IDIQ Contracts, BPAs, and Task Orders: “Mini Me” Isn’t just for the Movies


By now you know the basic fact about Indefinite Delivery/Indefinite Quantity (IDIQ) contracts in the federal IT market. They account for about half of all spending. But did you know that a significant – and growing – amount of this business is from on-going task orders, which look a lot like IDIQ contracts? Did you know that the proportion of spending going this route is likely to rise as small, individual agency IDIQ’s get more scrutiny? If your firm doesn’t understand how this works, and how to be a part of this type of business, you may not even know about great opportunities until after they’re up and running.

The most frequent example of how the government uses IDIQ’s as mini contracts unto themselves is by awarding a series of Blanket Purchase Agreements (BPA’s) via a GSA Schedule contract. An agency will award multiple BPA’s, give the program a name and even appoint a program manager. It looks a lot like an IDIQ, right? GSA, itself, most recently took this route in awarding 16 companies BPA’s for agile software development.

The largest example of this BPA-cum-contract use is the Army’s AMCOM Express program. Again, multiple contract holders, this time for services. Hundreds of millions of dollars in revenue generated each year, so much so that AMCOM Express is frequently listed among the top 25 federal IDIQ vehicles. Even though there’s speculation that AMCOM Express might cease to be schedules-based, the next best guess is that future awards will be based on another GSA contract, the OASIS IDIQ for services.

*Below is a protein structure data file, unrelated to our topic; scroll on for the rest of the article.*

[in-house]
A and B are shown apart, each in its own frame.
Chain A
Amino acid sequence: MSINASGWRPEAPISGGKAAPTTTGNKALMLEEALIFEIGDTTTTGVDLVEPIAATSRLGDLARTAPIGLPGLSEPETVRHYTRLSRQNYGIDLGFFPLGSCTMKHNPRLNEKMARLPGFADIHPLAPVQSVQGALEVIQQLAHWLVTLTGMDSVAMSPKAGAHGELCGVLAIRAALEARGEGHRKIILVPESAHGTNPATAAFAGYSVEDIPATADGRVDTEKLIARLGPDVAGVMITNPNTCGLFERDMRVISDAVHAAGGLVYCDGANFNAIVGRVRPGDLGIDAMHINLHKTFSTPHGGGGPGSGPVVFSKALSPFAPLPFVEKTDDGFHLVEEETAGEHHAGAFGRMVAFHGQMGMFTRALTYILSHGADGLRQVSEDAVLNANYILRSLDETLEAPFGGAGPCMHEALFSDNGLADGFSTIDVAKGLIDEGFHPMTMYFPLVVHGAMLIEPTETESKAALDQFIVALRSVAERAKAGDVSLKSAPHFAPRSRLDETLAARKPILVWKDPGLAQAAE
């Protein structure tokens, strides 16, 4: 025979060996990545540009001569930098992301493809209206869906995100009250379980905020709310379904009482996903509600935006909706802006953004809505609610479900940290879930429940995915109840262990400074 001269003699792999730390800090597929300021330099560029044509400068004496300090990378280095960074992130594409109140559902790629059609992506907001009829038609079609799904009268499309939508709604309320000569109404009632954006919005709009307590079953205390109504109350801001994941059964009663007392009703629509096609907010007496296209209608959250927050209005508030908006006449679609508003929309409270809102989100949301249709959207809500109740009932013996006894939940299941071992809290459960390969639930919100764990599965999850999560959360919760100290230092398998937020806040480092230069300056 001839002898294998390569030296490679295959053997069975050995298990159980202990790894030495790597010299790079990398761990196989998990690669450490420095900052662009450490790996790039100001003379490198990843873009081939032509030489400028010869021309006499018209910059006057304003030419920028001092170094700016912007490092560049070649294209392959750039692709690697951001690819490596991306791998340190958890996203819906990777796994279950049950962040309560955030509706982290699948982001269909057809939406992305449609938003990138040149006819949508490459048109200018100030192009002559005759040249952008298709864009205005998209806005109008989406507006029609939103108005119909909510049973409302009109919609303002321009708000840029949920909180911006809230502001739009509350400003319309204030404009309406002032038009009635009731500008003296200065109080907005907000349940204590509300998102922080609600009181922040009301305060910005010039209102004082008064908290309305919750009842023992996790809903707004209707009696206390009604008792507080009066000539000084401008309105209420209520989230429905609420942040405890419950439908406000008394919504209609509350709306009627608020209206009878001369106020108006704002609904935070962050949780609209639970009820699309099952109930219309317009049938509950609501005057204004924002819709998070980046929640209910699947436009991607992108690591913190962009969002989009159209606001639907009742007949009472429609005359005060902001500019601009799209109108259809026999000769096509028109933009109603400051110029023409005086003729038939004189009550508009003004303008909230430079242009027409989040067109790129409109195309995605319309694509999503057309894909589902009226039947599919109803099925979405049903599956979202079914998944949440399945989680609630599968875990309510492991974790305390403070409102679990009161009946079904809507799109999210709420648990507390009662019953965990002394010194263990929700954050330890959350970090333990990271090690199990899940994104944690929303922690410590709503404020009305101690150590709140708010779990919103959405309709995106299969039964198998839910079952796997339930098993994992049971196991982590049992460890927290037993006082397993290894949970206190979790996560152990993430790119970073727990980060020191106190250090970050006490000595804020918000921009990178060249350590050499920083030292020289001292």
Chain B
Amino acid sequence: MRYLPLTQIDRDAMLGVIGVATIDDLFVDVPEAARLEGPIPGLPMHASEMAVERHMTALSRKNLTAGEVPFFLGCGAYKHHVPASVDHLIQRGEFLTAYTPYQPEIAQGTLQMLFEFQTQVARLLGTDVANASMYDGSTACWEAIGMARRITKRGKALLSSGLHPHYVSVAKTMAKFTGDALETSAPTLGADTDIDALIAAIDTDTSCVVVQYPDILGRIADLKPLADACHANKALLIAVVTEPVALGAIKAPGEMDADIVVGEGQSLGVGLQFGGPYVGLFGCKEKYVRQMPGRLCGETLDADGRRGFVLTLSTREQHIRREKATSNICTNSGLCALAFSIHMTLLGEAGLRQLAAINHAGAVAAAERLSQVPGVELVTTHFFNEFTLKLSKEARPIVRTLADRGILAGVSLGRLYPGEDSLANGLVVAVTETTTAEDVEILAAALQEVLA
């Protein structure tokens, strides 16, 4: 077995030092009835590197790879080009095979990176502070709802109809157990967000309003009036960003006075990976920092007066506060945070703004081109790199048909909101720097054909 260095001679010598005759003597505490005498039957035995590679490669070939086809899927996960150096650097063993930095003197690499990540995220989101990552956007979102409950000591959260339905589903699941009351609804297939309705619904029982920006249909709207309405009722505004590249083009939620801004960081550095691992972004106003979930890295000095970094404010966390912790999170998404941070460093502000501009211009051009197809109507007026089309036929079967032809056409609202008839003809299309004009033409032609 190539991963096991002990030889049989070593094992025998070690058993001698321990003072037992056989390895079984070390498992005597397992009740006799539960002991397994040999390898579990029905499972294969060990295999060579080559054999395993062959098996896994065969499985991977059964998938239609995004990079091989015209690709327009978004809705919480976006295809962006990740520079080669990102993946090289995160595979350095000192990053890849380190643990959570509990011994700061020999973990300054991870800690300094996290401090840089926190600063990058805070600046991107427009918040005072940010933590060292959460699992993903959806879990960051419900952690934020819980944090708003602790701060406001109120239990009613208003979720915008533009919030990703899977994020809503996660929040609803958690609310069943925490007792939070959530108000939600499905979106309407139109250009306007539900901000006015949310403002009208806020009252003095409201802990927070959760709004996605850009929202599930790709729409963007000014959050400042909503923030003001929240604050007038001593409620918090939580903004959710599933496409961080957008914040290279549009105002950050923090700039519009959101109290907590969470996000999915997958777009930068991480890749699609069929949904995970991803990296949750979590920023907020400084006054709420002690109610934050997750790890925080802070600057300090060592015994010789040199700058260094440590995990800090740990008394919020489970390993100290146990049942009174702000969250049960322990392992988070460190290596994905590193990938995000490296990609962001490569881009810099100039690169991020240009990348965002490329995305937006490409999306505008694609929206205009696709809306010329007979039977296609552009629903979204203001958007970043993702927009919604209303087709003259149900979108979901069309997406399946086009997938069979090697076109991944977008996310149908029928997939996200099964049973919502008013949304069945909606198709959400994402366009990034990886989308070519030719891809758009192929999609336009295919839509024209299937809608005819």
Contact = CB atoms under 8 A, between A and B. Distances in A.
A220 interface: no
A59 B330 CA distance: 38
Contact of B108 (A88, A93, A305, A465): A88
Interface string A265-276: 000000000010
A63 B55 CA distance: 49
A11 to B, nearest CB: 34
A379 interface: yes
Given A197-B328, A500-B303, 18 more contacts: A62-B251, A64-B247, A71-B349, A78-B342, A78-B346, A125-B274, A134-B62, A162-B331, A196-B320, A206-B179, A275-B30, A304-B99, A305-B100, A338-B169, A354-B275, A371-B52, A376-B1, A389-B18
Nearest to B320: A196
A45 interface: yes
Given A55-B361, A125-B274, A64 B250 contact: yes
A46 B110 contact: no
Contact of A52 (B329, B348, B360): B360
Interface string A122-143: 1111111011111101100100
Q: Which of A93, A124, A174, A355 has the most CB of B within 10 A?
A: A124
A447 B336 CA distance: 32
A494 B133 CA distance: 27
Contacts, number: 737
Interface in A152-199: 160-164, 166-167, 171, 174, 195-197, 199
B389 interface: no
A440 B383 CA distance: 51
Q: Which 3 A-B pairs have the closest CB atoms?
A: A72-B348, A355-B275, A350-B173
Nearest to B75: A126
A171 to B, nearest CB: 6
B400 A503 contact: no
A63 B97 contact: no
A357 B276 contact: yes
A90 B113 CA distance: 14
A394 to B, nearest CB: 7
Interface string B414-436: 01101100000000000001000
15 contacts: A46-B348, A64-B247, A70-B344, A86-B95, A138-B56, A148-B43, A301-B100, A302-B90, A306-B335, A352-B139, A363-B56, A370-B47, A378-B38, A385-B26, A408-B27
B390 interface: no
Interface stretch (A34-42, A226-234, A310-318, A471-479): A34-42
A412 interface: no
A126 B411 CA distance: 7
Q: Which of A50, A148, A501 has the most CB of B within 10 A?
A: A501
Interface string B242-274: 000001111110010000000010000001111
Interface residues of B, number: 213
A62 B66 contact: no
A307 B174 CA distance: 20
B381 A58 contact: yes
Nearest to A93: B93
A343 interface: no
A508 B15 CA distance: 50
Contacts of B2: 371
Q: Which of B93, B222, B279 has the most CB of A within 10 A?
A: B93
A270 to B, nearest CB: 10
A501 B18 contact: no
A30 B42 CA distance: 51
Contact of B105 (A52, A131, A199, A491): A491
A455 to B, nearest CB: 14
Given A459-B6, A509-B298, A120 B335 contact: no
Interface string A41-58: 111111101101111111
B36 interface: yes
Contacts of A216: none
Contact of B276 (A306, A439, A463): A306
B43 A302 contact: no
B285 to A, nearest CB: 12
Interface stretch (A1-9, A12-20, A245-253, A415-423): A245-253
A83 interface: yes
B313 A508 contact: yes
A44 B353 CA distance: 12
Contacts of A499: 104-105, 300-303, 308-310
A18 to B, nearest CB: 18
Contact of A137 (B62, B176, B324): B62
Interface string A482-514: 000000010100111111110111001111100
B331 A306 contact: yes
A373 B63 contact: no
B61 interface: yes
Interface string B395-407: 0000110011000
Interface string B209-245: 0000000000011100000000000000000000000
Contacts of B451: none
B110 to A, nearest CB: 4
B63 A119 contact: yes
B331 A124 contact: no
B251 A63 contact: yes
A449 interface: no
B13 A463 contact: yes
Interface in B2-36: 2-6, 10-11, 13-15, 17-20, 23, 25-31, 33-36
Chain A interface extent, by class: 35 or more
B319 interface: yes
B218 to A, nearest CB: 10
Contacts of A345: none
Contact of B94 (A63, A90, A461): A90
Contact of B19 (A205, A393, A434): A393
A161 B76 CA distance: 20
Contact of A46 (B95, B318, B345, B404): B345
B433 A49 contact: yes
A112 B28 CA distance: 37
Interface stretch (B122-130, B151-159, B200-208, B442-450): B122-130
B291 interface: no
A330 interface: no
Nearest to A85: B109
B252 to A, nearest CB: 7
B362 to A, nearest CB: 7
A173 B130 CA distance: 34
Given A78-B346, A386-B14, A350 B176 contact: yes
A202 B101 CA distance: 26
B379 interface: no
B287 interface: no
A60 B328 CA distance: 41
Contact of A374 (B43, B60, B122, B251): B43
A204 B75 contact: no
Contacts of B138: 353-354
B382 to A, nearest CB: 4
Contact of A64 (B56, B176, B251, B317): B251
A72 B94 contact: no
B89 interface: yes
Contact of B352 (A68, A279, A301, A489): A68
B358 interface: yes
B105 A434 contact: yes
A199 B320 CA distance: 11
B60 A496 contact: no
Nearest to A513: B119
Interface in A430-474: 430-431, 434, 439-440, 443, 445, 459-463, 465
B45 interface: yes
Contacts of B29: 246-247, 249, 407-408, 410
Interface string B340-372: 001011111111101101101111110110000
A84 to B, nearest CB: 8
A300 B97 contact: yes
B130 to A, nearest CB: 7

While other contract vehicles may not technically have the same BPA capabilities as a GSA Schedule, don’t let semantics fool you. Federal customers have already set-up BPA-like agreements based on government wide acquisition contracts (GWAC) or other IDIQ contracts. Whether or not rules support this activity, it is happening and you need to understand when, how and where.

Schedules-based or not, this approach to IT contracting allows buyers to move fast, eliminates the business case requirements of a GWAC or agency multiple award contracts (MAC), and reduces protest exposure. They’re less expensive to setup and oversee, as well. No wonder agencies like DHA, VA, and others will cancel new projects or let existing vehicles expire in favor of this “mini MAC” approach.

If having a presence on a GSA Schedule or other IDIQ was important before, it’s getting more important by the minute. If you’re not on a key IDIQ you may not even know about the next multi-million IT project until it’s in place. You certainly won’t be able to bid on it. Having good relationships with potential agency customers and/or intelligence is increasingly important.

So, too, are solid relationships with integrators and other primes. These companies often do have the IDIQ contracts agencies will use to create their own mini-programs. If you haven’t taken the time to visit with your partners in this category, ask about their plans, and re-demonstrate your capabilities, it is high time to do so. Make sure your firm will be part of the team for the next round of “minis.”

Federal IT acquisition is changing in lots of ways. Agencies using established contracts to set up their own mini programs is just one of the changes. Make sure you stay ahead of the curves.


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